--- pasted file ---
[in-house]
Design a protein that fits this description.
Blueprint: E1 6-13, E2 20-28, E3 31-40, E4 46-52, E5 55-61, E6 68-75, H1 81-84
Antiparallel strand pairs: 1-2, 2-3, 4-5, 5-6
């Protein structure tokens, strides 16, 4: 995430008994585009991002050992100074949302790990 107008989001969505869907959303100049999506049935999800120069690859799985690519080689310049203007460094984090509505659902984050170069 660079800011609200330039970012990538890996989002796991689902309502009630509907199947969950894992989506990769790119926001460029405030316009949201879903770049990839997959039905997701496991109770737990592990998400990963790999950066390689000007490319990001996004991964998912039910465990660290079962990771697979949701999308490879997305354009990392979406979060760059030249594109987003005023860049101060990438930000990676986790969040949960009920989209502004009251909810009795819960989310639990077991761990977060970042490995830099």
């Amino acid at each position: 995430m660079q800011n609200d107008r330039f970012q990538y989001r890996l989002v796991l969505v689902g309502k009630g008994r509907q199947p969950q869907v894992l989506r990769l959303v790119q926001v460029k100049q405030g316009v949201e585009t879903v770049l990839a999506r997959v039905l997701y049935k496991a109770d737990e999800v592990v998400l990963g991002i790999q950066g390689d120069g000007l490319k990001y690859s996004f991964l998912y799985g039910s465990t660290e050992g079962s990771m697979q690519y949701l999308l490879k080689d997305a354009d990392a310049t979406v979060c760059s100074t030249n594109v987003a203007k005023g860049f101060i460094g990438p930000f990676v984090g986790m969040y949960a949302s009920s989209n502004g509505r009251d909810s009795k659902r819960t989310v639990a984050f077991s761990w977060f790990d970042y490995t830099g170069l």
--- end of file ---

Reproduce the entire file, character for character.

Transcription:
[in-house]
Design a protein that fits this description.
Blueprint: E1 6-13, E2 20-28, E3 31-40, E4 46-52, E5 55-61, E6 68-75, H1 81-84
Antiparallel strand pairs: 1-2, 2-3, 4-5, 5-6
């Protein structure tokens, strides 16, 4: 995430008994585009991002050992100074949302790990 107008989001969505869907959303100049999506049935999800120069690859799985690519080689310049203007460094984090509505659902984050170069 660079800011609200330039970012990538890996989002796991689902309502009630509907199947969950894992989506990769790119926001460029405030316009949201879903770049990839997959039905997701496991109770737990592990998400990963790999950066390689000007490319990001996004991964998912039910465990660290079962990771697979949701999308490879997305354009990392979406979060760059030249594109987003005023860049101060990438930000990676986790969040949960009920989209502004009251909810009795819960989310639990077991761990977060970042490995830099």
């Amino acid at each position: 995430m660079q800011n609200d107008r330039f970012q990538y989001r890996l989002v796991l969505v689902g309502k009630g008994r509907q199947p969950q869907v894992l989506r990769l959303v790119q926001v460029k100049q405030g316009v949201e585009t879903v770049l990839a999506r997959v039905l997701y049935k496991a109770d737990e999800v592990v998400l990963g991002i790999q950066g390689d120069g000007l490319k990001y690859s996004f991964l998912y799985g039910s465990t660290e050992g079962s990771m697979q690519y949701l999308l490879k080689d997305a354009d990392a310049t979406v979060c760059s100074t030249n594109v987003a203007k005023g860049f101060i460094g990438p930000f990676v984090g986790m969040y949960a949302s009920s989209n502004g509505r009251d909810s009795k659902r819960t989310v639990a984050f077991s761990w977060f790990d970042y490995t830099g170069l």